They eventually fall into a kind of good-cop bad-cop routine, and riff off one another’s personality to play the perps. Some of The Heat’s funniest bits occur when the investigation leads to Mullins’ front door. Ashburn, spying a family portrait in Mullins apartment after the pair interviews a saucy Bulgarian dealer/hooker, remarks that Mullins must be the pride of her family. She’s not, Shannon explains, since she arrested her brother, Jason, (Michael Rapaport) in a previous drug case. Jason’s involvement in the current mystery brings Mullins back home to her white trash family where she introduces Ashburn to a colourful line-up worthy of Jerry Springer. The visit lets Bullock play some hilarious fish-out-of-water shtick off the likes of Joey McIntyre as Mullins’ brother and an especially funny Jessica Chaffin as the brother’s classless floozy of a girlfriend. It’s worth noting that both Jessica Chaffin and her boobs are credited.
Bullock and McCarthy are a lot of fun together playing up the yin and yang of the buddy cop movie à la Mel Gibson and Danny Glover in Lethal Weapon or Nick Nolte and Eddie Murphy in 48 Hrs. Bullock looks to be having the most fun she’s had in a while after the recent dramatic turn in her career with The Blind Side and Extremely Loud & Incredibly Close. Ashburn isn’t too far from Bullock’s other awkward-misfit-with-a-badge in Miss Congeniality, but she is a lot of fun in the role of the straight man.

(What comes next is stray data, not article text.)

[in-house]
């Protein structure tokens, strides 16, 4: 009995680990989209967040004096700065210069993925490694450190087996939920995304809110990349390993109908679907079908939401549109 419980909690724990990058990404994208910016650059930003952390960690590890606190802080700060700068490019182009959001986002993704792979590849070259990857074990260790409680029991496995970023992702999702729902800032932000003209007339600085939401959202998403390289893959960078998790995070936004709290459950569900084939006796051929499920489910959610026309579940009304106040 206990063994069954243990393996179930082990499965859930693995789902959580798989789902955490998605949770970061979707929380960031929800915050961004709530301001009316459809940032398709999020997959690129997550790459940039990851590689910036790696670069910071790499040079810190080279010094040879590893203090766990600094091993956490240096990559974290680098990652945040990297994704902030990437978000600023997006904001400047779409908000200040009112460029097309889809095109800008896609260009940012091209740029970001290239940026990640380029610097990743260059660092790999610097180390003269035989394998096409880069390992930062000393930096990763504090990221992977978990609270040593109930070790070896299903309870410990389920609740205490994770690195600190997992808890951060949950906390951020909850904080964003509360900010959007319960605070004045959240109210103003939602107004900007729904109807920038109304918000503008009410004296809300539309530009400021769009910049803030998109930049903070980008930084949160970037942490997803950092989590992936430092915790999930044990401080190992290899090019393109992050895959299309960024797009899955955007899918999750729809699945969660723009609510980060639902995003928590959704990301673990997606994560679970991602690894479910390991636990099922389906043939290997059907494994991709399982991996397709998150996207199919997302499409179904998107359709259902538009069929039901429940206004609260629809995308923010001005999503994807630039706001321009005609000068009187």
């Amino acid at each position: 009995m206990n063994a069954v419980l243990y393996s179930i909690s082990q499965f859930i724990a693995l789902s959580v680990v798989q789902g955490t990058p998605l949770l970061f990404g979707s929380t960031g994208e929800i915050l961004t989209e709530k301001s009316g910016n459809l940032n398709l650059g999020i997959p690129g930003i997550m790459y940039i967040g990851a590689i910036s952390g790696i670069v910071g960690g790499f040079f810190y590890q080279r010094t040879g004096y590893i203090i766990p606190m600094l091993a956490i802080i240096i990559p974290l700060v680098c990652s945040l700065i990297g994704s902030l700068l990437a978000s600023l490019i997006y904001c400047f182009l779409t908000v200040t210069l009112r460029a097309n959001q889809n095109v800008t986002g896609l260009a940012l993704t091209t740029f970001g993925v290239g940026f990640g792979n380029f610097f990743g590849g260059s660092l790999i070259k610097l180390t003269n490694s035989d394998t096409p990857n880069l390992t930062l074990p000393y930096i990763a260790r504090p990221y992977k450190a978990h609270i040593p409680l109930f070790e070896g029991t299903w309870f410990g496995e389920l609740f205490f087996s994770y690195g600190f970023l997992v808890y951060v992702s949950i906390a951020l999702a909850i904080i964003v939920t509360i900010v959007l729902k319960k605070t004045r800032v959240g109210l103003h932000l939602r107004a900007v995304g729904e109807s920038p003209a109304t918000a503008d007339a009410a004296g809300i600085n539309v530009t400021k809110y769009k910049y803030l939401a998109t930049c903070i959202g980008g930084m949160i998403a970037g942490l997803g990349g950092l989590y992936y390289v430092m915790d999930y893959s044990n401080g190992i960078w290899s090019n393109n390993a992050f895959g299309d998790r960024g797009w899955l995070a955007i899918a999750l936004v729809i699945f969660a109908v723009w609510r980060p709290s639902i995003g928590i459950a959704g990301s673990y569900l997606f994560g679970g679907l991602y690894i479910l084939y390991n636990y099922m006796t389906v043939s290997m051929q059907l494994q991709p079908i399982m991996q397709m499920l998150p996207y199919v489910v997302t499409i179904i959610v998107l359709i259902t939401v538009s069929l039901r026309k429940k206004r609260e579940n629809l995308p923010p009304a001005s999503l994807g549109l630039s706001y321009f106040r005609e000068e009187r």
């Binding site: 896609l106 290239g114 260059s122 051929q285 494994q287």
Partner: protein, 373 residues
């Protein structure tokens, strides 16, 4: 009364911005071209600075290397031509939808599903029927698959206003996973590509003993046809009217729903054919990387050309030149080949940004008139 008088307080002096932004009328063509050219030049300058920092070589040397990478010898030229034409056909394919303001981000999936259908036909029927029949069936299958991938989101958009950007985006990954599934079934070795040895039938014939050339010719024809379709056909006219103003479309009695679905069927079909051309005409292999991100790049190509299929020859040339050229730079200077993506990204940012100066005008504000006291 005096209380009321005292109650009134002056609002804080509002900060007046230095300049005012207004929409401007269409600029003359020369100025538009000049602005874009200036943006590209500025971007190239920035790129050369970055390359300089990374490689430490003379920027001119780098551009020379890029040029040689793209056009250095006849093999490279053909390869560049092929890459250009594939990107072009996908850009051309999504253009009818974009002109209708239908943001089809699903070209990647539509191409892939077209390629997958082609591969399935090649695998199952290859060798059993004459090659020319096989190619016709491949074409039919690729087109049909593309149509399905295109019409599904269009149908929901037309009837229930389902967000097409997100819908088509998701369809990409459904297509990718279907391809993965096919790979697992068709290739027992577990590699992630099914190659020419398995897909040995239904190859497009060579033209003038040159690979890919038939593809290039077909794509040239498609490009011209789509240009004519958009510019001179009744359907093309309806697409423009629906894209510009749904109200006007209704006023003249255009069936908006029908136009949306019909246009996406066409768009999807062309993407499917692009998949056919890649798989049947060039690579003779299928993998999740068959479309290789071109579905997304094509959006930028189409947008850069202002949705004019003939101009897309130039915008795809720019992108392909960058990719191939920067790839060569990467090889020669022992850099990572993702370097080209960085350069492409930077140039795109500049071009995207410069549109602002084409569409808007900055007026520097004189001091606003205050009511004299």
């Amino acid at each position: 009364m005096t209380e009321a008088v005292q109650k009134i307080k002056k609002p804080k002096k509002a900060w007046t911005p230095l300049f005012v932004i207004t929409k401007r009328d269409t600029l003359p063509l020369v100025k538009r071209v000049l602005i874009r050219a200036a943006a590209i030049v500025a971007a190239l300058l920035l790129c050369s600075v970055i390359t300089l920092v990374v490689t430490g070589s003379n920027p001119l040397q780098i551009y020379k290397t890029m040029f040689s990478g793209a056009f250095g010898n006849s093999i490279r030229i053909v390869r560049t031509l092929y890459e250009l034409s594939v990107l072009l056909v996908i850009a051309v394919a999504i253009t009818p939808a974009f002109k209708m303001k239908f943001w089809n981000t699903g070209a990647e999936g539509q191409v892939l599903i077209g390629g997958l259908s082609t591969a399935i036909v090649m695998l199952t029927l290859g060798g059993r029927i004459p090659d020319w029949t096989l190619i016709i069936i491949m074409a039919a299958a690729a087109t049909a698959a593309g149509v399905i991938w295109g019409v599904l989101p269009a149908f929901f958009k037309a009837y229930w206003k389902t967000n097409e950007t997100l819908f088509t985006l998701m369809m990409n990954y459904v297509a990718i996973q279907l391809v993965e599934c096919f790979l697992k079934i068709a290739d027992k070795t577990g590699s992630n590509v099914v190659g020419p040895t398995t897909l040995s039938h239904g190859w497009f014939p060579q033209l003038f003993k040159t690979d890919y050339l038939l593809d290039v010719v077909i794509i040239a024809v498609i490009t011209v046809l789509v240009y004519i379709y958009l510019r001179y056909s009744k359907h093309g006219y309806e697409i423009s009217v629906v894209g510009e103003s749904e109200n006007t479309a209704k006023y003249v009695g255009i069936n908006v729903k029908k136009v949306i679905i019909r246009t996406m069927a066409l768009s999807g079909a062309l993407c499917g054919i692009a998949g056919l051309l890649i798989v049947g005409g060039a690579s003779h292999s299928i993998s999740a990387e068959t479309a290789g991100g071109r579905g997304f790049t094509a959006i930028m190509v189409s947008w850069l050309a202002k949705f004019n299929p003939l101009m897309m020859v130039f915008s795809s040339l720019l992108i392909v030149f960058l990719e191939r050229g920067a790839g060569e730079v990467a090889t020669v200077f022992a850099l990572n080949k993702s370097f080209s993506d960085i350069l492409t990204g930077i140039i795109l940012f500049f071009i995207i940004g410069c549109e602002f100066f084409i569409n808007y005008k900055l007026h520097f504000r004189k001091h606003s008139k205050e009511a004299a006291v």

Melissa McCarthy, likewise, is a hoot as Det. Mullins. Reteaming with Feig after Bridesmaids, the actress shows that her flair for brash obnoxious comedy can stretch beyond a supporting role. The Heat might be a more significant credit for McCarthy, for, after the misfire of Identity Thief, The Heat proves that she can indeed carry a movie. The Heat also improves upon McCarthy’s previous credit as it makes few, if any, jokes about her weight. The source of the comedy is McCarthy’s larger-than-life personality, which is her greatest asset since she can make even the looniest sketch work. McCarthy, after all, made audiences believe that she had explosive diarrhea in a sink.